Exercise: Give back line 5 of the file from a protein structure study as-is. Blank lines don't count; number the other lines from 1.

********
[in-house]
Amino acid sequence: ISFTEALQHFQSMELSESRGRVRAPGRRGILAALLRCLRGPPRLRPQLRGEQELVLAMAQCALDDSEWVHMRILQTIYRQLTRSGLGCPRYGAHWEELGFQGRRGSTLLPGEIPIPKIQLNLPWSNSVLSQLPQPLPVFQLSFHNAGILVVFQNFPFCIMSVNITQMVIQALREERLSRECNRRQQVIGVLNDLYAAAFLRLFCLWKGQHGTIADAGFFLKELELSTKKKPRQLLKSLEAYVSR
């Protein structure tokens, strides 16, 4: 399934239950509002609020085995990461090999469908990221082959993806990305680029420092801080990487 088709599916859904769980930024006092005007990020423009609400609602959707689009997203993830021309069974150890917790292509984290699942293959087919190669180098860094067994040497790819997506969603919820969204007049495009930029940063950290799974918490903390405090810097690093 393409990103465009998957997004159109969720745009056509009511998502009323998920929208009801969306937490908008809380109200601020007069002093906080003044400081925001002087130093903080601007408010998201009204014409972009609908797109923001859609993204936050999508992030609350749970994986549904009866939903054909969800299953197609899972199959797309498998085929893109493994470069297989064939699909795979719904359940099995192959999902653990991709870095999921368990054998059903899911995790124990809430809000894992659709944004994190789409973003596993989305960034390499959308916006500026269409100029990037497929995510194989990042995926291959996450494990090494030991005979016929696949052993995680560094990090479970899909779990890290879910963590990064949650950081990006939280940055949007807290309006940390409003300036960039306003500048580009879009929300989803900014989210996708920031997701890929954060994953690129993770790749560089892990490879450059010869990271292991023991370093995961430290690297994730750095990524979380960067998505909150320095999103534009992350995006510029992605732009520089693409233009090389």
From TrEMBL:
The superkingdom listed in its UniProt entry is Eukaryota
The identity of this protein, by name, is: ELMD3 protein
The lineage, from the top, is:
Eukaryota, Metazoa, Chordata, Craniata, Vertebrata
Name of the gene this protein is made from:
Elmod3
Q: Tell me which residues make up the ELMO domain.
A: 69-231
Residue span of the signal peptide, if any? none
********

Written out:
The superkingdom listed in its UniProt entry is Eukaryota